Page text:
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Category Archives: Doubting Believing
As many of you know, I got back from South Africa and Zimbabwe Ash Wednesday Mar 5. I’ve downloaded a few photos for Facebook. Thank you for all your prayers and love. Folks ask how was it? I say, “Amazing–challenging and rewarding and everything in between.”
South Africa seems advanced (one week there in Johannesburg and then Cape Town where I went to Robben Island and saw the cell where Nelson Mandela spent 17 out of his 27 years in prison), arranged by my former Lancaster Seminary student Thulani Ndlazi, who had me lead two retreats.
Zimbabwe’s people are resilient and welcoming in the face of high unemployment and inferior infrastructure (five weeks there). I was stationed at Mhondoro Presbyterian High School (90 miles southwest of Harare on a “road that is no road” as my host Chaplain Staben Maenda would say), without Internet access. I framed my time there as “walking” with students and teachers: I would sit at an outdoor stone table and kids would gather around, ask questions, converse and pray; or I’d sit in the faculty staff room and the same thing would happen. I preached four out of five Sundays and led four Bible Studies for the staff and teachers. Their Gospel singing is something to be experienced! Wow.
“It is at the level of imagination that the fateful issues of our new world-experience must first be mastered,” says the early twentieth-century poet-theologian Amos Wilder. Visualizing yourself as complete can be a method of focusing and a form of prayer. Imagination also creates a powerful way to pray without words for another: You visualize the person in your mind’s eye as already whole and complete, holding the person in the light—a practice called kything prayer.
Imagination can also transform struggles into gifts. Philip Schultz, a Pulitzer Prize–winning poet and author of the memoir My Dyslexia, tells his story of being placed in the “dummy class” at a separate table in elementary school because of his perceived stupidity for not being able to read.
Then one night, with the moon glowing outside his window as his mother read aloud to him, he decided to imagine himself into being a boy who could read: “I invented a character who could read and write. Starting that night, I’d lie in bed silently imitating the words my mother read, imagining the taste, heft, and ring of each sound as if it were coming out of my mouth. I imagined the words and their sounds being a kind of key with which I would open an invisible door to a world previously denied me.”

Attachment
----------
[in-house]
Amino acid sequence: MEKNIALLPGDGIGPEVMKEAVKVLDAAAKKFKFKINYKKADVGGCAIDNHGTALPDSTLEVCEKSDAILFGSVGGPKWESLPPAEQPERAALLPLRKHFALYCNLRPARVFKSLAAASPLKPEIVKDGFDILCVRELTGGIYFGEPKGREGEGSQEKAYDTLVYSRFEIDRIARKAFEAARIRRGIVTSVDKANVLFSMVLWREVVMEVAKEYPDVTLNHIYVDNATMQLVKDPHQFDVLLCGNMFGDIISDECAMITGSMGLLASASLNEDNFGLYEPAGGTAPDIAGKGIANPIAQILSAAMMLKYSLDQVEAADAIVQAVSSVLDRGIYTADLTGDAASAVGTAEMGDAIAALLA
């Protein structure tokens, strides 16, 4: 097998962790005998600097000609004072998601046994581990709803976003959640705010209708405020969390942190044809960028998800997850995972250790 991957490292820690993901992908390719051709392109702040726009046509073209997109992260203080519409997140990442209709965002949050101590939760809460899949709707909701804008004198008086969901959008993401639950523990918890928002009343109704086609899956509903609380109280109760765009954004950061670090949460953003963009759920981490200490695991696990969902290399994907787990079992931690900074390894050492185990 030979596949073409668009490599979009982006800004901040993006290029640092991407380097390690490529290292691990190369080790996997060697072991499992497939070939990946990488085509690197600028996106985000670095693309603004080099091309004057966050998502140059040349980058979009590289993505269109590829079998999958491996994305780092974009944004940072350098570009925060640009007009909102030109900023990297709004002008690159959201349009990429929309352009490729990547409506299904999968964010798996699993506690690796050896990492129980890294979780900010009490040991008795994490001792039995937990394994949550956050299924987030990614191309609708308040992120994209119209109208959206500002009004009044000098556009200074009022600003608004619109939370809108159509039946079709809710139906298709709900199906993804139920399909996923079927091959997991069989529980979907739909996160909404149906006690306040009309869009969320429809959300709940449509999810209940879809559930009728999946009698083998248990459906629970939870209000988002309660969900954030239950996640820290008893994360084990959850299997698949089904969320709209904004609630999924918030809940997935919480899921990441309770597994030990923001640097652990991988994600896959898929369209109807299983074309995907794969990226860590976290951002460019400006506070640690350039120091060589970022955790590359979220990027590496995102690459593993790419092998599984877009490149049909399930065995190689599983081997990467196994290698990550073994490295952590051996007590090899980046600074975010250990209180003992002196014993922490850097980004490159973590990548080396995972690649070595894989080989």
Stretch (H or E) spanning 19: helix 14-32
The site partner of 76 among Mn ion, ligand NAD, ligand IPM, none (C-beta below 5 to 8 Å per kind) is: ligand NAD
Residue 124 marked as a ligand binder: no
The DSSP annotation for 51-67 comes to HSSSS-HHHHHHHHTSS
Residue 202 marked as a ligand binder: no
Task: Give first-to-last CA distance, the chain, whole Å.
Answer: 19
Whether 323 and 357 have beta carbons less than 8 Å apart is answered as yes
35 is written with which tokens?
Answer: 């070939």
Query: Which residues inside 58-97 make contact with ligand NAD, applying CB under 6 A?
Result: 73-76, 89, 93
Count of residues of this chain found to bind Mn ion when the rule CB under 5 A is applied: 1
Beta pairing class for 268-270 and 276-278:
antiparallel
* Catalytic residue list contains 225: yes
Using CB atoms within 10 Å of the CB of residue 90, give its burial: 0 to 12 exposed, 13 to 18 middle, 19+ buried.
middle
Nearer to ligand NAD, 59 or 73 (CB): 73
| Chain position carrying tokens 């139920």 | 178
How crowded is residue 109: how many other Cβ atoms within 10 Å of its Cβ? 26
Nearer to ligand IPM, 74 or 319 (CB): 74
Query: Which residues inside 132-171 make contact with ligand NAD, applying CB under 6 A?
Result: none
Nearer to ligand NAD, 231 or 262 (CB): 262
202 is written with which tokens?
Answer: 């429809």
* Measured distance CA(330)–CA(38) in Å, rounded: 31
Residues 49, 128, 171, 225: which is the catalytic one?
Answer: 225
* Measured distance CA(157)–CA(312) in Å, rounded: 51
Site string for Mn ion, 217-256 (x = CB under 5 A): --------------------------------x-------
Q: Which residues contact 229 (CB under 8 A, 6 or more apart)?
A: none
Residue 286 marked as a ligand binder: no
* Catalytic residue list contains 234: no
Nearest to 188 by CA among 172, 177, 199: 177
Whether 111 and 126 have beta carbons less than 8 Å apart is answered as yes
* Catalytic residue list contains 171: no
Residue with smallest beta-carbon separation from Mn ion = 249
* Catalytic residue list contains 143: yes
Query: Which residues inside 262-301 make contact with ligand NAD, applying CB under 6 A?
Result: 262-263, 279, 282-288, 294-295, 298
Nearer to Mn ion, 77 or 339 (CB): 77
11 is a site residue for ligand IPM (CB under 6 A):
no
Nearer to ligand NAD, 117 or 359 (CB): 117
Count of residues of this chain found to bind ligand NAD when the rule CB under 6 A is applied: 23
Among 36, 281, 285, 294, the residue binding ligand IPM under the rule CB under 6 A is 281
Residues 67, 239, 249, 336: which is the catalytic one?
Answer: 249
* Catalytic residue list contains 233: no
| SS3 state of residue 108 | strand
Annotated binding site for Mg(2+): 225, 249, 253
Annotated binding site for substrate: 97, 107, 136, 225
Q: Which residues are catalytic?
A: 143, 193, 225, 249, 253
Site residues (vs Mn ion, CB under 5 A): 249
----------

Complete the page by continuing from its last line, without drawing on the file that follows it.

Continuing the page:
We have two or three great moving experiences in our lives—experiences so great and so moving that it doesn’t seem at the time anyone else has been so caught up and pounded and dazzled and astonished and beaten and broken and rescued and illuminated and rewarded and humbled in just that way ever before. —F. Scott Fitzgerald
Reality is bittersweet. On the wall beside me I’m looking at metal sand castings, made by my son in middle school, representing the ancient faces of comedy and tragedy. Life is full of blessings and brokenness, the one often filtered through the other. Our idealistic dreams soon clash with practical and political realities. We have to eke out a livelihood yet still long for meaning and purpose through our work. We cherish intimacy, yet our closest relationships cause the deepest pain.
What the old miners in Colorado, where I live, called “pay dirt” provides an apt metaphor for our experience of the spiritual life: only by paying attention to the dirt will we ever see any flecks of gold. Sometimes all we seem to see is dirt. When we do find gold, it usually surfaces through some combination of the surprise grin of circumstances and the long-term grit of our own and others’ toil and sufferings.
In Lake Wobegon, says Garrison Keillor, “All the Norwegians were Lutherans, of course, even the atheists—it was a Lutheran God they did not believe in.” The theism a lot of atheists reject describes a God I cannot believe in either.
Many grew up, as I did, with an emotionally or physically absent father, at the same time hearing of God mainly as a male figure, so God seemed distant. Images and language skew our attitude toward the Sacred. Lots of religious words make spirituality seem irrelevant. The word repent is one such example.
Desmond Tutu tells of brutal killers in South Africa who had slowly cooked people alive at one end of a campsite while enjoying a barbecue at the other end. Later in the Truth and Reconciliation Commission hearings, these perpetrators would confess without emotion that they were sorry. They might be staring across the room or down at their shoes as they spoke. But if the victim’s family member would say, “Turn to me; now say what you just said.” Then the confessor would be deeply moved, hardly able to gasp the words.